• It wasn’t just irresponsible borrowing by the Greeks that caused the problems. Ther was irresponsible lending by the banks and companies such as Goldman Sacks that helped Greek debt-managers manipulate the debt figures. The financial sector must be contained.
  • Political extremism on both the Left and the Right is today flourishing in Europe. It is no surprise.
  • Quite contrary to what Presidents Regan and Gorbachev agreed, NATO has extended itself eastwards to the Ukraine and the border with Russia with inevitable dangerous consequences. Have Europe and NATO forgotten WWII and the tragedy and losses on the Eastern Front?
  • The ‘Little Englanders’ in the UK are now reasserting themselves with David Cameron proposing a referendum in 2017 on possible UK exit from the European Union and with the UK Independence Party polling 12% at the last general election.
  • Hungary is planning to build a fence along its border with Serbia.

The fraying of Europe is obvious. It shows not only in political but also has a moral dimension. The Italian Prime Minister, Matteo Renzi, recently commented on Europe’s failure to properly address the difficulties of thousands of refugees coming to Europe. He said ‘If this is your idea of Europe, keep it to yourself … You do not deserve to call yourself Europe. Either we have solidarity or we are wasting our time.

The Germans seem to have ignored the advice of former German Chancellor, Helmut Schmidt, three years ago when he said ‘If we Germans allow ourselves to be seduced into claiming a political leading role in Europe or at least playing first among equals, based on our economic strength, an increasing majority of our neighbours will effectively resist this. The concern of the periphery about an all too powerful European centre would soon come racing back. The possible consequences of such development would be crippling.’ That crippling is occurring today and Angela Merkel doesn’t seem to understand.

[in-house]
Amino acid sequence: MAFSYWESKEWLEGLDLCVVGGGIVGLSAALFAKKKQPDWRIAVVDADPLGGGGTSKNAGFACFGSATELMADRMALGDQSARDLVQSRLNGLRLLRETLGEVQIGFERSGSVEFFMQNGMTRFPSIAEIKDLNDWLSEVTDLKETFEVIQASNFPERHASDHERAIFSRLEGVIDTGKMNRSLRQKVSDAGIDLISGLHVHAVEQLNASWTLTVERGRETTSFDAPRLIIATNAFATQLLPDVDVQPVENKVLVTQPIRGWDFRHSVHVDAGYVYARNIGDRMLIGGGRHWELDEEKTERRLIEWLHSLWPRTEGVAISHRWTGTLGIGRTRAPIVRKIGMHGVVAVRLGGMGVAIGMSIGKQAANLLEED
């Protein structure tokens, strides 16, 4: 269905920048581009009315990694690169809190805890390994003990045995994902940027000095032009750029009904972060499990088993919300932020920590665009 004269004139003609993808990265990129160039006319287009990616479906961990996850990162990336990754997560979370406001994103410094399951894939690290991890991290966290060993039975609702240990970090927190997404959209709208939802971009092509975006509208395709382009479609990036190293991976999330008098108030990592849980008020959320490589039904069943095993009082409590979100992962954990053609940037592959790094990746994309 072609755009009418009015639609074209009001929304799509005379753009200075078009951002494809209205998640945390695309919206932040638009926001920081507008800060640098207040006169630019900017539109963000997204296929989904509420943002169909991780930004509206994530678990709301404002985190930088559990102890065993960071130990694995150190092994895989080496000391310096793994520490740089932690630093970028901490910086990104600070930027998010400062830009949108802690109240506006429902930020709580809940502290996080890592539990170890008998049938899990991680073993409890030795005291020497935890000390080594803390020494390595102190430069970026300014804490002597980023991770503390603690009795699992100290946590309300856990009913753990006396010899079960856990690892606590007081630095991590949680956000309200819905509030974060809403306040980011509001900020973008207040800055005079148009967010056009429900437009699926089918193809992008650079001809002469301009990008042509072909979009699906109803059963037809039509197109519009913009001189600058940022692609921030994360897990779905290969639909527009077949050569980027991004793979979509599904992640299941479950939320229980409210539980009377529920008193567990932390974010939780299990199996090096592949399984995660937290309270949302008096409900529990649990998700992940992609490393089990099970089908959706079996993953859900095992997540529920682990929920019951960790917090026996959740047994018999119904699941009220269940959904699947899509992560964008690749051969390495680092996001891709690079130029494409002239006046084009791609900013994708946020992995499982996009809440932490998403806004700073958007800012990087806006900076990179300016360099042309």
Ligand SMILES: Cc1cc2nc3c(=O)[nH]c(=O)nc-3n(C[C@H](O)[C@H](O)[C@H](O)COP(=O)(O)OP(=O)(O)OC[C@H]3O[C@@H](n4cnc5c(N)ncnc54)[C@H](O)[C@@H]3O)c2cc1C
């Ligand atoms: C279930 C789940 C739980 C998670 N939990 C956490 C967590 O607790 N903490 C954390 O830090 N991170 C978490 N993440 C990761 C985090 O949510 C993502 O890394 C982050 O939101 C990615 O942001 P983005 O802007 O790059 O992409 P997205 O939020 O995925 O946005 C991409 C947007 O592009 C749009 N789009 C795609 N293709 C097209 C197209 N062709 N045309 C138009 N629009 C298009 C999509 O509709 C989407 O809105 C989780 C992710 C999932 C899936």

Can we dare hope to see again the moral and political leadership that we saw from people like Helmut Kohl, Helmut Schmidt , Francois Mitterrand and many more. None of them had forgotten the horrors of WWII and set about with idealism and hope to build a new Europe. The current generation of leaders has never known the travail that these earlier leaders experienced.

This is about much more than Greece and its debts and austerity. But hopefully this crisis will force European leaders to show the courage and foresight that its forbears showed decades ago. The European Project is in trouble, but it is worth renewing. Will the bankers and small-minded get out of the way? With no vision from their leaders, the people of Europe are suffering.

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One Response to John Menadue. Is the European Project finished?

  1. Wayne McMillan says:

    I agree John there are parallels with Greece today and Germany after WW1 and John Maynard Keynes was critical of the huge reparations the Germans had to pay under that Post WW1 treaty. There is a great fear lurking within Greece that if the Arch-Austerians led by Germany impose huge privations on the Greek people, that there will be a lurch towards Fascism by the populace. Yannis Varoufakis resigned because he feared that Tsipras was going to concede too much to the European Troika and this would hence further impoverish and cripple his country. Lets hope Tsipras stays firm and remains committed to his original aims, the overall well-being of his people.